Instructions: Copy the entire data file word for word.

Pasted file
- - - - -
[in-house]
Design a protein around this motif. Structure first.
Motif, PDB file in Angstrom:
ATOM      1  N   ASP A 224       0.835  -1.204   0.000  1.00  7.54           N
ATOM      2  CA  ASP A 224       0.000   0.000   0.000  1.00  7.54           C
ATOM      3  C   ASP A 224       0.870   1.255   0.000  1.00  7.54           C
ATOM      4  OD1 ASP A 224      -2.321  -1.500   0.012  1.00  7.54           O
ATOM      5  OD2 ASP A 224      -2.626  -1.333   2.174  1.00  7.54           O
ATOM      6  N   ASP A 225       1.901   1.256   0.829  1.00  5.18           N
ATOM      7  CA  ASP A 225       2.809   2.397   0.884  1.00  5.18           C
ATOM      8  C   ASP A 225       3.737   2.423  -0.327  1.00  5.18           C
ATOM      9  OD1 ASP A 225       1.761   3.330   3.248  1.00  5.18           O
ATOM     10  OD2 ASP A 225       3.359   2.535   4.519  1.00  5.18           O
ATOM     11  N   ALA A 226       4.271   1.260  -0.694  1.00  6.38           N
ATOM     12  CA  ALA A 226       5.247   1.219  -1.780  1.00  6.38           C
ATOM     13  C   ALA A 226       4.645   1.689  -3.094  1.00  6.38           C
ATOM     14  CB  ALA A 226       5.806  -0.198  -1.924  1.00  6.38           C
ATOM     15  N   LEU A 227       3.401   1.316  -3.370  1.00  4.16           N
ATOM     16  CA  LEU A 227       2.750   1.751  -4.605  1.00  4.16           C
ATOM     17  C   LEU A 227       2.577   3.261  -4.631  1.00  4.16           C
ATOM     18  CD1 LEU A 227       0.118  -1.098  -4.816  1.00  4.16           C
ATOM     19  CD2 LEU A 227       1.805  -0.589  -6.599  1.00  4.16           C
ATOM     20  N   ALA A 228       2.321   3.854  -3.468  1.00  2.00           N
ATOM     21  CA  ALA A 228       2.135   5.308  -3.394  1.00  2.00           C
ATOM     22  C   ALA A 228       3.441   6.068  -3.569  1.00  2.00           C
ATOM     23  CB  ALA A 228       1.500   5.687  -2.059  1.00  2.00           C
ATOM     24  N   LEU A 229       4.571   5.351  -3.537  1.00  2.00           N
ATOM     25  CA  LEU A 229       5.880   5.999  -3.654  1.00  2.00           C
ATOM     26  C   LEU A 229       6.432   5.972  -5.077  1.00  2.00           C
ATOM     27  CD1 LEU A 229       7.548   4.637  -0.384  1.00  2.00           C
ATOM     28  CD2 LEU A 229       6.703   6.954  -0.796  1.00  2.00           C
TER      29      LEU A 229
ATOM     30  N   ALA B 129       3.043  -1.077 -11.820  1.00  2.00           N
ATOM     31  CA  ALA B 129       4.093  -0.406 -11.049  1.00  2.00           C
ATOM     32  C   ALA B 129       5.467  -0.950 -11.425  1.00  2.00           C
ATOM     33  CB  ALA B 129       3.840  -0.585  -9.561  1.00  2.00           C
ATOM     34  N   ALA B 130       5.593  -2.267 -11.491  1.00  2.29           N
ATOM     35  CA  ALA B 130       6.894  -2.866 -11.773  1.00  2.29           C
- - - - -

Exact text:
[in-house]
Design a protein around this motif. Structure first.
Motif, PDB file in Angstrom:
ATOM      1  N   ASP A 224       0.835  -1.204   0.000  1.00  7.54           N
ATOM      2  CA  ASP A 224       0.000   0.000   0.000  1.00  7.54           C
ATOM      3  C   ASP A 224       0.870   1.255   0.000  1.00  7.54           C
ATOM      4  OD1 ASP A 224      -2.321  -1.500   0.012  1.00  7.54           O
ATOM      5  OD2 ASP A 224      -2.626  -1.333   2.174  1.00  7.54           O
ATOM      6  N   ASP A 225       1.901   1.256   0.829  1.00  5.18           N
ATOM      7  CA  ASP A 225       2.809   2.397   0.884  1.00  5.18           C
ATOM      8  C   ASP A 225       3.737   2.423  -0.327  1.00  5.18           C
ATOM      9  OD1 ASP A 225       1.761   3.330   3.248  1.00  5.18           O
ATOM     10  OD2 ASP A 225       3.359   2.535   4.519  1.00  5.18           O
ATOM     11  N   ALA A 226       4.271   1.260  -0.694  1.00  6.38           N
ATOM     12  CA  ALA A 226       5.247   1.219  -1.780  1.00  6.38           C
ATOM     13  C   ALA A 226       4.645   1.689  -3.094  1.00  6.38           C
ATOM     14  CB  ALA A 226       5.806  -0.198  -1.924  1.00  6.38           C
ATOM     15  N   LEU A 227       3.401   1.316  -3.370  1.00  4.16           N
ATOM     16  CA  LEU A 227       2.750   1.751  -4.605  1.00  4.16           C
ATOM     17  C   LEU A 227       2.577   3.261  -4.631  1.00  4.16           C
ATOM     18  CD1 LEU A 227       0.118  -1.098  -4.816  1.00  4.16           C
ATOM     19  CD2 LEU A 227       1.805  -0.589  -6.599  1.00  4.16           C
ATOM     20  N   ALA A 228       2.321   3.854  -3.468  1.00  2.00           N
ATOM     21  CA  ALA A 228       2.135   5.308  -3.394  1.00  2.00           C
ATOM     22  C   ALA A 228       3.441   6.068  -3.569  1.00  2.00           C
ATOM     23  CB  ALA A 228       1.500   5.687  -2.059  1.00  2.00           C
ATOM     24  N   LEU A 229       4.571   5.351  -3.537  1.00  2.00           N
ATOM     25  CA  LEU A 229       5.880   5.999  -3.654  1.00  2.00           C
ATOM     26  C   LEU A 229       6.432   5.972  -5.077  1.00  2.00           C
ATOM     27  CD1 LEU A 229       7.548   4.637  -0.384  1.00  2.00           C
ATOM     28  CD2 LEU A 229       6.703   6.954  -0.796  1.00  2.00           C
TER      29      LEU A 229
ATOM     30  N   ALA B 129       3.043  -1.077 -11.820  1.00  2.00           N
ATOM     31  CA  ALA B 129       4.093  -0.406 -11.049  1.00  2.00           C
ATOM     32  C   ALA B 129       5.467  -0.950 -11.425  1.00  2.00           C
ATOM     33  CB  ALA B 129       3.840  -0.585  -9.561  1.00  2.00           C
ATOM     34  N   ALA B 130       5.593  -2.267 -11.491  1.00  2.29           N
ATOM     35  CA  ALA B 130       6.894  -2.866 -11.773  1.00  2.29           C